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Marmalade is loved in Britain, smeared on golden toast as the last course of the English Breakfast. The humble jar of sunshine even has its own Marmalade Awards each year in Cumbria in the North of England. Anyone can send in their jar to be judged by marmalade royalty, and my friend Lisa from All Hallows Cookery School in Dorset just won with hers.
In a time when bitter flavour is bred out of vegetables and fruits, you would think many people are not that fond of marmalade. Marmalade is traditionally made from bitter Seville oranges.

The legend
In the mid 18th century a Spanish ship carrying Seville oranges was damaged by storm. The ship sought refuge in the harbour of Dundee in Scotland where the load deemed unfit for sale were sold to a local merchant called James Keiller. James’ mother turned the bitter orange fruit into jam and so created the iconic James Keiller Dundee Marmalade. It wasn’t a coincidence that James mother made marmalade, in the 1760s her son ran a confectionery shop producing jams in Seagate, Dundee. In 1797 he founded the world’s first marmalade factory producing the first commercial brand of marmalade. In 1828, the company became James Keiller and Son, when his son joined the business. Today you can see stone James Keiller and Son marmalade jars pop up at every carboot sale and antiques market. But the marmalade is still in production, only now in glass jars that off the beautiful radiant orange colour that is so typical of marmalade.

But why do we call it marmalade and not jam?
As you maybe remember from my posting about ‘Quince Cheese’ here > , quinces are responsible for the word marmalade as their Portuguese word is ‘marmelo’ and they were made into fruit cheeses named marmalades. In Spain they call it ‘Membrillo’. Quince just like bitter Seville oranges, contain a lot of pectin and they are both too sour to eat raw. From both of these fruits the pips and peels are used to get a good set, and if you don’t have quince you could easily make a fruit cheese out of these oranges.

If you’re a marmalade fan, chances are you have a particular favourite. You either love every jar that you can find on your breakfast table or you prefer either thick cut, thin cut, or vintage. The cut of course refers to how thick the peel is cut, I like mine as thin as possible. Vintage is a jar you left in the back of your preserve cupboard to age and turn dark amber in colour and deep in flavour. Then there are two kinds I don’t really want to include in the different types of marmalades and that is the flavoured kind, this could be spices, whisky or any other type of booze. I can understand whisky and grand marnier, but as I’ve made marmalade with cardamom, I have to conclude that that jar was something entirely different to marmalade. When it comes to preserves I’m quite the purist. If additions flavour and not just compliments the taste of the fruit, it’s a big no no for me.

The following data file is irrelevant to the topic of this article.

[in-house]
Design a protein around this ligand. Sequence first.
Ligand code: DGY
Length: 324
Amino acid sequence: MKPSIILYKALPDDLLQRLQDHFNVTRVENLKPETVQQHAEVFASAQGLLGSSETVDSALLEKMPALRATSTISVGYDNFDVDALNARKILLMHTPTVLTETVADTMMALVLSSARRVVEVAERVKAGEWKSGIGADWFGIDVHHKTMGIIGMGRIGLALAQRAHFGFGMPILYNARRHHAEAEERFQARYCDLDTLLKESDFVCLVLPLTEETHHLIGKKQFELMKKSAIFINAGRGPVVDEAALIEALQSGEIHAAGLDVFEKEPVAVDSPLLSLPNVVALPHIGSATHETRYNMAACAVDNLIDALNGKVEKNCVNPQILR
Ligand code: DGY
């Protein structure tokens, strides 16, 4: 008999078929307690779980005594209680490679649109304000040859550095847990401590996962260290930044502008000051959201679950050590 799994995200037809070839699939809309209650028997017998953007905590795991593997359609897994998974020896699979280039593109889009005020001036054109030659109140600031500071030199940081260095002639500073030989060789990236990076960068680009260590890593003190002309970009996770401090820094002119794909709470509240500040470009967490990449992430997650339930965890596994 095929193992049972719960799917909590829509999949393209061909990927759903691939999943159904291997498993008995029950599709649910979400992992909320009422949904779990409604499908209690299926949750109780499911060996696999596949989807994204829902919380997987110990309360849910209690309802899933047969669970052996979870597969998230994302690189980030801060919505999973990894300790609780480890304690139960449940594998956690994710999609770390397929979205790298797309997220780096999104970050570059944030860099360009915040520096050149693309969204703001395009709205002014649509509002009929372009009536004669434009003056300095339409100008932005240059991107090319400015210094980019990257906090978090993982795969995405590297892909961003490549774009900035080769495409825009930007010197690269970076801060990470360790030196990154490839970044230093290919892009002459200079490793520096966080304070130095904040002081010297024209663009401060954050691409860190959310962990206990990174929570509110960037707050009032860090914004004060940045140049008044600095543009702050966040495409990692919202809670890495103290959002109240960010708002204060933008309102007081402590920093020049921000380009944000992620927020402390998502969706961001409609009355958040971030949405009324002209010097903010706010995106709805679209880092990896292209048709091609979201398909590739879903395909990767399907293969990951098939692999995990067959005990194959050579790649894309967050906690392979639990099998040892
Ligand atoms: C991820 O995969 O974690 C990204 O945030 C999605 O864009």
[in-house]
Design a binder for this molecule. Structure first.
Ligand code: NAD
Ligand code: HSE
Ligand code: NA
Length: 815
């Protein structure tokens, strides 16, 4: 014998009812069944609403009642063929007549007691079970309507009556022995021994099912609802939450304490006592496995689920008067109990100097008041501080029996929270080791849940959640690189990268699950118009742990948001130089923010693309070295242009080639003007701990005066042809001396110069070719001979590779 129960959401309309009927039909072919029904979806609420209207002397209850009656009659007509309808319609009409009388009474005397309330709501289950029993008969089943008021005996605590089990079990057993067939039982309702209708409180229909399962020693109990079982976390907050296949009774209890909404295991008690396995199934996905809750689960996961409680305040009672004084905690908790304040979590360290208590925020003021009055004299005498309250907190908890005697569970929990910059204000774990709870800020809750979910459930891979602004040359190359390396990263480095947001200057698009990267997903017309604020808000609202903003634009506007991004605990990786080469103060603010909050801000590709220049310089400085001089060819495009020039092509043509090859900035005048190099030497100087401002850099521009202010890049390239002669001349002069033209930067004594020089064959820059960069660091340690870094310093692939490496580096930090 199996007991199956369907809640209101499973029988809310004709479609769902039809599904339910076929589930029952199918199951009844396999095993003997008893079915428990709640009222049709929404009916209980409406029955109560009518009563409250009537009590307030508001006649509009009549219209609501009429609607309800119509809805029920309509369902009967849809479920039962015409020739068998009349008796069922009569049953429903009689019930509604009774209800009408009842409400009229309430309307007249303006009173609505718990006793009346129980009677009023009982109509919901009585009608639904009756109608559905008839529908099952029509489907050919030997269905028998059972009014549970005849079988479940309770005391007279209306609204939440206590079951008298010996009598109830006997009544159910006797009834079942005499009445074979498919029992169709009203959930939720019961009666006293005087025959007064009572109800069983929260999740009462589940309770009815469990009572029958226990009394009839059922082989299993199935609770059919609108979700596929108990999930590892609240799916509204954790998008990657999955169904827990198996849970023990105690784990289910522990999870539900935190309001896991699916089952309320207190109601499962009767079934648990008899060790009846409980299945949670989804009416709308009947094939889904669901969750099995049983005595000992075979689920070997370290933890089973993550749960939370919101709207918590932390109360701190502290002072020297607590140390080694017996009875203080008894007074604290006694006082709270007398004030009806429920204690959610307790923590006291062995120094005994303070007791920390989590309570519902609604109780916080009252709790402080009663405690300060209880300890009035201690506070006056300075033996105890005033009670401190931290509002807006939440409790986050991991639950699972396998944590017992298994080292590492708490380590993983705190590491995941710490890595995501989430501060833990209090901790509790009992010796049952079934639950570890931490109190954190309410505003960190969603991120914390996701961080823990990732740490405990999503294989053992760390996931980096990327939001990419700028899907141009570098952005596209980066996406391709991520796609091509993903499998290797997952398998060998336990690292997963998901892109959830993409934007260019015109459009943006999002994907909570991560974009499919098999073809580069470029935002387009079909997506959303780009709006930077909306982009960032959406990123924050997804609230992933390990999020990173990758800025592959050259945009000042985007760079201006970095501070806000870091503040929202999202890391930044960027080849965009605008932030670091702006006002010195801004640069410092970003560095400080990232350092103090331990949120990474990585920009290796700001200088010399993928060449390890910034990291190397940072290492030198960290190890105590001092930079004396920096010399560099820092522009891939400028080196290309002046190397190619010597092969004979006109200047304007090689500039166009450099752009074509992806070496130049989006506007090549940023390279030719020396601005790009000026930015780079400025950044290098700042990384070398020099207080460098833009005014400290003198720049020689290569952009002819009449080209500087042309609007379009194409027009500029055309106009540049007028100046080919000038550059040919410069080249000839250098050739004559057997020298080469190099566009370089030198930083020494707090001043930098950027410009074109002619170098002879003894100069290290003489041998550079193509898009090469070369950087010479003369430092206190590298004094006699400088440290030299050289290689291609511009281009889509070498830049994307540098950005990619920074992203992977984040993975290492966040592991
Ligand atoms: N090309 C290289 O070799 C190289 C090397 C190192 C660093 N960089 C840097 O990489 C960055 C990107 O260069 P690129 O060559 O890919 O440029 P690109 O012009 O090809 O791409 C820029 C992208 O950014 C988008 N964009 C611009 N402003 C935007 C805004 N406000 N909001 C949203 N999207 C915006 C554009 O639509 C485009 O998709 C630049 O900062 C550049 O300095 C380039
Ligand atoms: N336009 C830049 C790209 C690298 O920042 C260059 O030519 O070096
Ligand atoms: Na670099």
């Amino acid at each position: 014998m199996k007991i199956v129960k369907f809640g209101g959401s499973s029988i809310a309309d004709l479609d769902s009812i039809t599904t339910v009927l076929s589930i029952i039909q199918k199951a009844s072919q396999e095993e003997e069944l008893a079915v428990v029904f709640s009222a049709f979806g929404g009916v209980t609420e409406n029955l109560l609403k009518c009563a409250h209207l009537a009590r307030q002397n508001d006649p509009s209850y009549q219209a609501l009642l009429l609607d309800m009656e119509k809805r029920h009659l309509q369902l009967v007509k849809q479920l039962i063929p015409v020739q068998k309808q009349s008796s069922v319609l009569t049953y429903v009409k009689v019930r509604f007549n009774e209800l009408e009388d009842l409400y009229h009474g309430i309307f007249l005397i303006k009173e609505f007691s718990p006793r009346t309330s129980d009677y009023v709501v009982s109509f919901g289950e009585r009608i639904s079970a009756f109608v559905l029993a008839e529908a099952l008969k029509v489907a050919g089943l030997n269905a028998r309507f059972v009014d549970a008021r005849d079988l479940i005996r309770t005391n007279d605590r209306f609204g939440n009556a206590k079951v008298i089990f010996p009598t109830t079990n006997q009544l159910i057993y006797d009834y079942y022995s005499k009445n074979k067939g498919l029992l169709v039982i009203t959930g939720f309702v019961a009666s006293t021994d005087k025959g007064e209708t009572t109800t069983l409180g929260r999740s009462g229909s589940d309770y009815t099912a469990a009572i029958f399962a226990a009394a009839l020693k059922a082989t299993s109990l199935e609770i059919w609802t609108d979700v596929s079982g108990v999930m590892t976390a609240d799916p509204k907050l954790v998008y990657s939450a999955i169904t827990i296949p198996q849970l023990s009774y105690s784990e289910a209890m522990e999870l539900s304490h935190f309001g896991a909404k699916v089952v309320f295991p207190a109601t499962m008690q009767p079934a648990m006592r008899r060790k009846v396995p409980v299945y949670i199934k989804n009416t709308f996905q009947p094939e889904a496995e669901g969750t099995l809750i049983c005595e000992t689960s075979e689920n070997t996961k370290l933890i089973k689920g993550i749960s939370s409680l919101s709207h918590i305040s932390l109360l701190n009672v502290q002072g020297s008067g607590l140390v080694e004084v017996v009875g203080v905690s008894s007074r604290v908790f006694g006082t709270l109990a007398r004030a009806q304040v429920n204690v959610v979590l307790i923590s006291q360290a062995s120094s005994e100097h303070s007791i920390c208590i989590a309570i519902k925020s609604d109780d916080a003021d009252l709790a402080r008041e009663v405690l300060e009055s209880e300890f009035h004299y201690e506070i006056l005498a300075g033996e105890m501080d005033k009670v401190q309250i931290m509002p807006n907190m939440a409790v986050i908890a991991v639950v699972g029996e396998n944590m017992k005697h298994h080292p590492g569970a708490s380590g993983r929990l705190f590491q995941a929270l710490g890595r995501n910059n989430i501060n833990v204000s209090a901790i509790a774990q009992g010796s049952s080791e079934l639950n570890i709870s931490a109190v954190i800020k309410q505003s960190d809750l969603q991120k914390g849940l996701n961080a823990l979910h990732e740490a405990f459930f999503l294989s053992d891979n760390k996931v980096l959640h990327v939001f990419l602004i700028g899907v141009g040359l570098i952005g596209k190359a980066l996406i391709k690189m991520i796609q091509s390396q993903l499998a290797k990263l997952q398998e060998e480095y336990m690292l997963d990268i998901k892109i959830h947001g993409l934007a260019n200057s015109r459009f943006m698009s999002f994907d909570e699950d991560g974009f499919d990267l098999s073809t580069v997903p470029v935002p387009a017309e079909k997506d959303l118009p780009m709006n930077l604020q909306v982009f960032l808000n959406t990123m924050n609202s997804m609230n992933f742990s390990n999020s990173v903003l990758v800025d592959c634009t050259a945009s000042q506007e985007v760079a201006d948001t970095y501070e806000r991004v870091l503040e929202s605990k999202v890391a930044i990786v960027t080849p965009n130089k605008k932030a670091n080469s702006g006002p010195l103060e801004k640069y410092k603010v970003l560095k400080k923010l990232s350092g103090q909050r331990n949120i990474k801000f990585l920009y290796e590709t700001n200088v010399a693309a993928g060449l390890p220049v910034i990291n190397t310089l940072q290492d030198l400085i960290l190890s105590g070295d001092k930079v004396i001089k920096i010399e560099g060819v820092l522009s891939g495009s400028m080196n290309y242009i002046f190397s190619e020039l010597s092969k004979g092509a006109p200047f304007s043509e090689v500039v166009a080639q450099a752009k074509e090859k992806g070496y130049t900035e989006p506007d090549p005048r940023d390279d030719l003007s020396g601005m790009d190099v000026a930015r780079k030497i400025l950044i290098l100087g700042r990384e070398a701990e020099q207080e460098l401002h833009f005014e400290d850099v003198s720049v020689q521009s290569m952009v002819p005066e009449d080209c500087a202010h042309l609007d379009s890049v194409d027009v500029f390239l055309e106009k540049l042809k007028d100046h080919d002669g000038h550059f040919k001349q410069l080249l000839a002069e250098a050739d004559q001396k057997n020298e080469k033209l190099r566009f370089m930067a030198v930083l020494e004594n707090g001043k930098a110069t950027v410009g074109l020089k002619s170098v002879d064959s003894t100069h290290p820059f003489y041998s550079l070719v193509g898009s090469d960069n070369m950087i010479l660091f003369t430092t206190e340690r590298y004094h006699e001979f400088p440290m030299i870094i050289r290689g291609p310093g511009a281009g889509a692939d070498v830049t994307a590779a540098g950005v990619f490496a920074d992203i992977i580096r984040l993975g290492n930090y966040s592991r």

The truth as clear as marmalade
According to Ivan Day, a prominent food historian who I was lucky to do a course with, one of the earliest known recipe for a Marmelet of Oranges dates from around 1677 and it can be found in the recipe book of Eliza Cholmondeley held in the Cheshire Archives and Local Studies.

The earliest recipe in Scotland is titled ‘How to make orange marmalat’ and dates back 1683. It can be found in the earliest Scottish manuscript recipe book which is believed to have been written by Helen, Countess of Sutherland of the Clan Sutherland. The book is dedicated entirely to fruit preservation and jelly making. According to The Scotsman “The Countess was married to John Gordon, the 16th Earl of Sutherland, an army officer who was honoured following the defeat of the 1715 Jacobite rebellion.”
This bit of information transports me right to the wuthering heights of Scotland.

This early Scottish as well as English recipe debunks the myth that mother Keiller invented marmalade. Recipes for similar preserves even date back earlier in history. But the Keiller family definitely deserve a prominent spot in marmalade history.

What makes a marmalade
There is something to be said about sugar as well. Some use plain white sugar, others use demerara (cane sugar), others use molasse or jam sugar (minut sugar). You don’t need the added pectin of jam sugar, I find molasse to be too dominant, white sugar from sugar beets is something I hardly use except for jam so I decided to use 2/3 of plain white sugar and 1/3 demerara. I don’t want my marmalade to be dark in colour, I want it to be beautifully bright orange.

And finally the fruit… without wanting to be a food snob, organic or untreated bitter oranges are your only option. Remember that you will be using the peel so your fruit needs to be of the best quality. Many Seville oranges are harvested from trees which grow by the road and in the city. These are dirty oranges. I like to know what I put in my jam jar so it’s better to be safe and buy organic. This isn’t sponsored in any way but I’ve found Ave Maria is a farm that sells organic Sevilles, they are stocked in some British supermarkets (ask them on twitter).

I’ve looked at a couple of recipes and the ingredients and method is usually identical. Before I share my recipe (which is identical to many out there) I’ll leave you with some links for you to look at.